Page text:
Firstly, from battery tech to solar to autonomous vehicle components, technology is improving and getting cheaper following the same “Moore’s Law” curves that have made computes so cheap and powerful. The LIDAR—a laser and radar system used for autonomous vehicles—sed to cost $70,000 in 2012. By 2016, we’re looking at a LIDAR that costs in the region of $250 and will soon be down at $90. Similarly, says Seba, solar power won’t soon just be cheaper than coal, wind, nuclear or natural gas. By 2020, it’ll be cheaper than the cost of transmission—regardless of any subsidies. Meaning a utility could generate electricity for free, and still not be able to sell it because panels on your roof would still be more competitive. And long range EVs are becoming affordable and mainstream too—providing better performance and lower cost of ownership than their gas-driven counterparts.
Secondly, new technologies are enabling new business models: When a car sits idle in the driveway 96% of its life, that’s a massive opportunity for business model disruption that could change how we think about our relationship to vehicles. From Uber to Lyft, such changes are already taking place in many cities.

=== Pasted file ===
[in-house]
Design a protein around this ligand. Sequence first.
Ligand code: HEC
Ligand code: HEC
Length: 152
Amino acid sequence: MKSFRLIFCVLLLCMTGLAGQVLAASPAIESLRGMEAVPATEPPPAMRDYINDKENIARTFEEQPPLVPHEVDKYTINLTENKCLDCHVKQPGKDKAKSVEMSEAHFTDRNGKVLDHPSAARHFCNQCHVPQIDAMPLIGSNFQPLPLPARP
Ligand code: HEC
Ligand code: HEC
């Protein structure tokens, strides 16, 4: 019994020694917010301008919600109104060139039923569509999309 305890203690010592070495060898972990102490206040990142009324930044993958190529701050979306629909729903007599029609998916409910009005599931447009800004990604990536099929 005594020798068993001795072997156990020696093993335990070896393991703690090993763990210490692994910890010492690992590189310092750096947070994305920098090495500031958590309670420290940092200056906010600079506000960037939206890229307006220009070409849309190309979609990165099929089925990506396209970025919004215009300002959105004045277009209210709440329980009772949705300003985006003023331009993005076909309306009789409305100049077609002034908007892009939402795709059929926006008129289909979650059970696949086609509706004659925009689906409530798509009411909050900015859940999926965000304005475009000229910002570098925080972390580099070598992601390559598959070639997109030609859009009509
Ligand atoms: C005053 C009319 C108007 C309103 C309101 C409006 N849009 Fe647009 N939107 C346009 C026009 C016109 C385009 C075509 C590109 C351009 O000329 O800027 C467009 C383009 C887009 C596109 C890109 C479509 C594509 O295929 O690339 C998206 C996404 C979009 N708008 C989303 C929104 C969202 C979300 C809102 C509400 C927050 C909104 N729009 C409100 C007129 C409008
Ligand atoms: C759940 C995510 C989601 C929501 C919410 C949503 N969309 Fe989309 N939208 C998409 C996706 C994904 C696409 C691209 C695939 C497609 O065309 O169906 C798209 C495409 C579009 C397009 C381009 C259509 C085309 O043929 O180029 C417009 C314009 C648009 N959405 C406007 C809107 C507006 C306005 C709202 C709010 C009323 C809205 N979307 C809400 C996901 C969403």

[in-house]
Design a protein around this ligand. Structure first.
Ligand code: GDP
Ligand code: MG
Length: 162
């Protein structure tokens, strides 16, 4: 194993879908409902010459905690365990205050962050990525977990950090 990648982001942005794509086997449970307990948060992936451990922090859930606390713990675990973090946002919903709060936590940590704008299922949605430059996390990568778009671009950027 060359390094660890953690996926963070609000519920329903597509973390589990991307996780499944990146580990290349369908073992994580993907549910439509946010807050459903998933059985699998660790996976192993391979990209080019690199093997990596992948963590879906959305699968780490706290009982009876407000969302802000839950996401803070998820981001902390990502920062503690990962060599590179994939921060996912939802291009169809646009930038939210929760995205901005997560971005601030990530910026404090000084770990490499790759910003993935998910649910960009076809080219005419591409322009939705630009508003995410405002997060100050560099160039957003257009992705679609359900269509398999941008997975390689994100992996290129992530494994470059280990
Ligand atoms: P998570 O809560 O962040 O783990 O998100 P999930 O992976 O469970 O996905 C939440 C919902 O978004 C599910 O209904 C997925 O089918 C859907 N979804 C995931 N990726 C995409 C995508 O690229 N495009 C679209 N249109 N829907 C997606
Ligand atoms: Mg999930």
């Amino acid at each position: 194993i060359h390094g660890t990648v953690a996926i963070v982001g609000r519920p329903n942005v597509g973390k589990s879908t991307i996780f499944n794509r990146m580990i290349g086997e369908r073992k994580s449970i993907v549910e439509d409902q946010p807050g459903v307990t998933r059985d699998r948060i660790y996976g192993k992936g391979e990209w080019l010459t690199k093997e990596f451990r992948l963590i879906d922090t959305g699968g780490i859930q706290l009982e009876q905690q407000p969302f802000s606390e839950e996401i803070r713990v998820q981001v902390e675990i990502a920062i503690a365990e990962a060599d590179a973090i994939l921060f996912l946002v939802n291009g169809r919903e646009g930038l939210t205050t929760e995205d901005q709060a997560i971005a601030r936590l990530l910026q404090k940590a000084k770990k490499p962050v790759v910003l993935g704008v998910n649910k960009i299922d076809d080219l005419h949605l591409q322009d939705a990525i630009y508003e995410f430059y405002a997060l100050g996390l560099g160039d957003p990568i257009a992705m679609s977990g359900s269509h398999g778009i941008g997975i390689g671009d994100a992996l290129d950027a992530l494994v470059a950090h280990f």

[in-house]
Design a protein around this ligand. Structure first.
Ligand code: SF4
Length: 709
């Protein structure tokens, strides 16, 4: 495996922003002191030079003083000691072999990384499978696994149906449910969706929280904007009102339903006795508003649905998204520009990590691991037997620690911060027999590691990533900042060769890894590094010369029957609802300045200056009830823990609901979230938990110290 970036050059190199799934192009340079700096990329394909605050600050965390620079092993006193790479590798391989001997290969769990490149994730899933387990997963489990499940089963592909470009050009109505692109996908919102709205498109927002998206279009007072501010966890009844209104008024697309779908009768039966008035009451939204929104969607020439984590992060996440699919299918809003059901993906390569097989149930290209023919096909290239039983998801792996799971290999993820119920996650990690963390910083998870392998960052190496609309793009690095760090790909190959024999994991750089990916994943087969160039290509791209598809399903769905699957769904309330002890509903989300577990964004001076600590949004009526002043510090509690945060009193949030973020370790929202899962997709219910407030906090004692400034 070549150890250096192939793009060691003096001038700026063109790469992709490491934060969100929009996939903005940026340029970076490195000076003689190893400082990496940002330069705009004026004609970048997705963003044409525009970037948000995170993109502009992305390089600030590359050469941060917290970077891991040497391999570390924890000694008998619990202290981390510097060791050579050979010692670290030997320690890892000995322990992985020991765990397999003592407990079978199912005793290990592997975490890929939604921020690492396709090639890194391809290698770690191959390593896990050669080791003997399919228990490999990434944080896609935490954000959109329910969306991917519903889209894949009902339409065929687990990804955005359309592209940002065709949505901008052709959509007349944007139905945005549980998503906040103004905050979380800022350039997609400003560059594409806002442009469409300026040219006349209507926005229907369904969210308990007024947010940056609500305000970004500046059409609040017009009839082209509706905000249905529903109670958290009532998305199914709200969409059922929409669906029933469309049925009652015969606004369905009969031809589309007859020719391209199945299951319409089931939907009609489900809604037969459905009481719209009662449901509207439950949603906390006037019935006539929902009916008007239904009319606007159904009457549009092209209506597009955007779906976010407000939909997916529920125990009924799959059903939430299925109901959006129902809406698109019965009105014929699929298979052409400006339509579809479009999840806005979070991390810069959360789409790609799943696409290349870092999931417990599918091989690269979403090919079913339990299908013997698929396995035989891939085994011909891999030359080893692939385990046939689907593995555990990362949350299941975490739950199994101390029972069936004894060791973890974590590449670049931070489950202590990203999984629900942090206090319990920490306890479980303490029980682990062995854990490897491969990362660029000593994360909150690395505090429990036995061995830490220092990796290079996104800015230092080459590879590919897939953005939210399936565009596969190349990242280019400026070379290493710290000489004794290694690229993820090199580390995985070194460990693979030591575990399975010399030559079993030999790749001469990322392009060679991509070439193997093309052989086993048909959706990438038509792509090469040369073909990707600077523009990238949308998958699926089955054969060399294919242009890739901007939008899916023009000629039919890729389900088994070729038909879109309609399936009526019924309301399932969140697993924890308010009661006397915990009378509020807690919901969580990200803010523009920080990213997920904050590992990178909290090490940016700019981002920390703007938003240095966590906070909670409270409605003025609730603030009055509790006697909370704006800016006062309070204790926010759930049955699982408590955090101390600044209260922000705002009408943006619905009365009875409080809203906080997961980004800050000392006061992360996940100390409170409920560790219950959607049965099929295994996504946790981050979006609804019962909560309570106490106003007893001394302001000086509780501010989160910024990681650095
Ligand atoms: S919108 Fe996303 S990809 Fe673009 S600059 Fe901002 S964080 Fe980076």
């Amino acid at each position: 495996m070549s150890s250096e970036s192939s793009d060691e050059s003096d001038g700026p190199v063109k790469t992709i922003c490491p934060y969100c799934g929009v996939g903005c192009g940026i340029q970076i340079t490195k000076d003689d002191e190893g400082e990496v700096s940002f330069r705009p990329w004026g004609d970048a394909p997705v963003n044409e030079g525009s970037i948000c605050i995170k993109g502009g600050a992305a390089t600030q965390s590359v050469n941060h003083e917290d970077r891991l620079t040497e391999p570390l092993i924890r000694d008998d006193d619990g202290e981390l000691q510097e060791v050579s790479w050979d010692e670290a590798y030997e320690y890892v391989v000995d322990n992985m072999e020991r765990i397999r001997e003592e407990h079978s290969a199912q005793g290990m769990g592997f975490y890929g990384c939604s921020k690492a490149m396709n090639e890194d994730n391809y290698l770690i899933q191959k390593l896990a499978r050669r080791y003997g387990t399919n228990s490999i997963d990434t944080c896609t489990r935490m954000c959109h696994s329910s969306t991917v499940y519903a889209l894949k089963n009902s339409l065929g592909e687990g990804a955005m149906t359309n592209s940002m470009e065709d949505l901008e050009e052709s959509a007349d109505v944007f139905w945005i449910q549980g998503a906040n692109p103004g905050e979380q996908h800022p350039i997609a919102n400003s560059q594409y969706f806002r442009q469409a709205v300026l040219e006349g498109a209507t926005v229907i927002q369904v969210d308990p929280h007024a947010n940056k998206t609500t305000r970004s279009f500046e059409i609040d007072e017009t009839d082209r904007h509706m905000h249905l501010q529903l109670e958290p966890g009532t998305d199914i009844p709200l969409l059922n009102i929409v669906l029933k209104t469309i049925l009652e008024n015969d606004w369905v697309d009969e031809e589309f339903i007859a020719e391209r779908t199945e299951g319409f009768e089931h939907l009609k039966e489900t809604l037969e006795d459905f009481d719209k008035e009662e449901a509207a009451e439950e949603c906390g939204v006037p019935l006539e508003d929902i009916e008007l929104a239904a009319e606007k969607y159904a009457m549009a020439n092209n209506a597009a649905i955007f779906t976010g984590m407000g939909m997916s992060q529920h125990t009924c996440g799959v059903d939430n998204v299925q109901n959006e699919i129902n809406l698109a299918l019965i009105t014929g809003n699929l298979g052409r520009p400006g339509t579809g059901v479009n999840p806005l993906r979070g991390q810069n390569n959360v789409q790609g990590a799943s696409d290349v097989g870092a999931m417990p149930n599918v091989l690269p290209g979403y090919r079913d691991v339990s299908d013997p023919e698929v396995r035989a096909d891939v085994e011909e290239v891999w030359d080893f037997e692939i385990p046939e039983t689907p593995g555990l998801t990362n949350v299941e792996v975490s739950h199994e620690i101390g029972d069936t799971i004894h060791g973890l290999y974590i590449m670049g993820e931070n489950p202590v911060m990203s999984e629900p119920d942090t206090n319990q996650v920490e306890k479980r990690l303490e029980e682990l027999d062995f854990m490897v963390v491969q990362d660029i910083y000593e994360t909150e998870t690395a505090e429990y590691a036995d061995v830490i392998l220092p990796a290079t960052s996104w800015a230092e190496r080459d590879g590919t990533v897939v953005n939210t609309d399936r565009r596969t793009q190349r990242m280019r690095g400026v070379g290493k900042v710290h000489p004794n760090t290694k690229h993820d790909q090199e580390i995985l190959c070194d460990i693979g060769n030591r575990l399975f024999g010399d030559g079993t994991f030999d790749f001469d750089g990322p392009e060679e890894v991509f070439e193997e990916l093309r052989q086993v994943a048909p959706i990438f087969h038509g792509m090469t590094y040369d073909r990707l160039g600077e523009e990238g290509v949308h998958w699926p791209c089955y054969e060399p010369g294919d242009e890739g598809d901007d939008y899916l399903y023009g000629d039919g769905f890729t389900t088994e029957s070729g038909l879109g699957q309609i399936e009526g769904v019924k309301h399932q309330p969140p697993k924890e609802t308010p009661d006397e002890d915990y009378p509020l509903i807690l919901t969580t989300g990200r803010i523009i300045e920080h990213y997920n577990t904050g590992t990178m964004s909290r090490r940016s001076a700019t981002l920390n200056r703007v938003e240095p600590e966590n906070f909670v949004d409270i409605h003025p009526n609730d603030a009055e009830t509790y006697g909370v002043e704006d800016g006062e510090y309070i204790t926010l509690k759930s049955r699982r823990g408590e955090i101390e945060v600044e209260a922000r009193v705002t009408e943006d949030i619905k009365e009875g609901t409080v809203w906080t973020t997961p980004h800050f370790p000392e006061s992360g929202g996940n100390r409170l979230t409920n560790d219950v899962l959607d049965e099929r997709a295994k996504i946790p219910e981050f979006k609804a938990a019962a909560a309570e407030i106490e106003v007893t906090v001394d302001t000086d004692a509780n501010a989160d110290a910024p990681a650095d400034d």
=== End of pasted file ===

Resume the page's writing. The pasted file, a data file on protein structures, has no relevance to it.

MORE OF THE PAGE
Earth Day 2017’s Campaign is Environmental & Climate Literacy
Earth Day Network is launching a campaign for global environmental and climate literacy by Earth Day 2020. We are dedicated to ensuring that every student around the world graduates high school as an environmental and climate literate citizen, ready to take action and be a voice for change. This goal is not only an enormous undertaking, it is critical and timely. The signing of the Paris Agreement is one step towards mitigating the impacts of climate change. Education needs to be a key part of this effort.